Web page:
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Kids and Giving Gifts

girl with a pile of presents

Alexandra Grablewski

During this hectic season, probably the last thing you want to do is take your kids holiday shopping -- major chaos! But allowing your child to pick out gifts for her family and friends will help her learn how to be generous and thoughtful. It will also take the spotlight off her own wish list and teach her how much fun it is to give to other people. The secret is to brainstorm before you hit the mall, says Carol Weisman, author of Raising Charitable Children. "Learning how to focus on others is so important, so talk to your child about each person she'll give a gift to: What do they like or need?" (See some conversation starters on the next page.)

Encourage her to be creative, and don't worry about the perfect present -- if she wants to get Grandpa a silly fish tie, let her. He'll know that she picked it out herself, and it will mean that much more to him. A great way to choose gifts without stress is to shop online; if you want to take her on a special shopping trip, head out in the morning before the stores get too crowded. When you're done, put her in charge of wrapping -- with your help. She'll be so proud and excited when she gives her gifts.

So how do you get a 5-year-old to stop thinking about her wish list and start thinking about what other people really want for the holidays? Print and save these conversation starters.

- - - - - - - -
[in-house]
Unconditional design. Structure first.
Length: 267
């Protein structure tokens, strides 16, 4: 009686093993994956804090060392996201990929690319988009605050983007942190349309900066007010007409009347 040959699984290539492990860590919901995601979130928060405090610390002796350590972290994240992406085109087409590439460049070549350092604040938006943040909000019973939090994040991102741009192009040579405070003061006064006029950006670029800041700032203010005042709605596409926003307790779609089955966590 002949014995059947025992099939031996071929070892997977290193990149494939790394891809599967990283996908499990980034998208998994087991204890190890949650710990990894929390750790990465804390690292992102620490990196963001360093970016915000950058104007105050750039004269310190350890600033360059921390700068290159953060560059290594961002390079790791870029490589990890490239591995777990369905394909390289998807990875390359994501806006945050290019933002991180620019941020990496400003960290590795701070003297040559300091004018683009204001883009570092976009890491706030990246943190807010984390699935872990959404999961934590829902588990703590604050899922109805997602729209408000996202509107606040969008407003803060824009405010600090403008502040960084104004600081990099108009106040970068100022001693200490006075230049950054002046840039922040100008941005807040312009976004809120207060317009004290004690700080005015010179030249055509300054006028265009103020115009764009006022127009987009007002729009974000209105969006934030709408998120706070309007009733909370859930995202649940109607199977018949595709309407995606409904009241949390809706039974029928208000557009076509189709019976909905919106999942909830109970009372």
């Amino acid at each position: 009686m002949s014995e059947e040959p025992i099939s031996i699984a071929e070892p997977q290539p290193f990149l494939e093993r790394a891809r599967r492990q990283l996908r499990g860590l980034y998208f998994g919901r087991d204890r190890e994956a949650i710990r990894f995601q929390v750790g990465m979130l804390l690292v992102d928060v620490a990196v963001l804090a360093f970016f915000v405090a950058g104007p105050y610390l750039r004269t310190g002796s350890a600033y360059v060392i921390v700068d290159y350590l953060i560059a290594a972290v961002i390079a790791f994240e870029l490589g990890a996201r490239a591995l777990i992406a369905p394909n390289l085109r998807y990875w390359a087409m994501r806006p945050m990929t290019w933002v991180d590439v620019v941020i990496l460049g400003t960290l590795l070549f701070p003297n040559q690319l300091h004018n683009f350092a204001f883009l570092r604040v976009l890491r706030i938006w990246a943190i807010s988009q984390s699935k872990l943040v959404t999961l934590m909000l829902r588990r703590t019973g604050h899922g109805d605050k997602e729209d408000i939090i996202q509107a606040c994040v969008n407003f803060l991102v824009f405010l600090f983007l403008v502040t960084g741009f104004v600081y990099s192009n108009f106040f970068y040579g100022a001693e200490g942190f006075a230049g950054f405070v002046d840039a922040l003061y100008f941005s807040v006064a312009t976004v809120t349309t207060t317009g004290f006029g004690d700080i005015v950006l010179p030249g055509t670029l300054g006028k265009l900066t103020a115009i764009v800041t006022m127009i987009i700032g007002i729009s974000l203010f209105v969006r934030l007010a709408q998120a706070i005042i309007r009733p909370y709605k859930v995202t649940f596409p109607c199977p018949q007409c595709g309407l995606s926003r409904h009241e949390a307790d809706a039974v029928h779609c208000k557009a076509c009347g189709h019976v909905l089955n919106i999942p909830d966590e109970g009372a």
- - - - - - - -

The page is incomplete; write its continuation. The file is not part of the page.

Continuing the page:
• What is your sister's favorite color?
  • Could we do something nice for Grandma, like make a coupon promising to help her with her grocery shopping?
  • Do you think the lady who delivers our mail would like some homemade cookies?
  • Who are your brother's favorite toy or TV characters?
  • What do you think Mom needs? She has lots of socks, but she has only a few warm sweaters.
  • What does Dad like to do on the weekends when he's not busy?
  • Can you think of Grandpa's favorite movie or sports team?
  • What does your babysitter like to do?

This is also a great time to talk about your budget. Don't set a concrete limit -- just steer her in the right direction. For instance, if your daughter knows that her brother loves to play the piano, she might suggest getting him a brand-new one. Just say "That's out of our price range, but do you think he'd like some new sheet music?"

Copyright © 2007. Used with permission from the December 2007 issue of Parents magazine.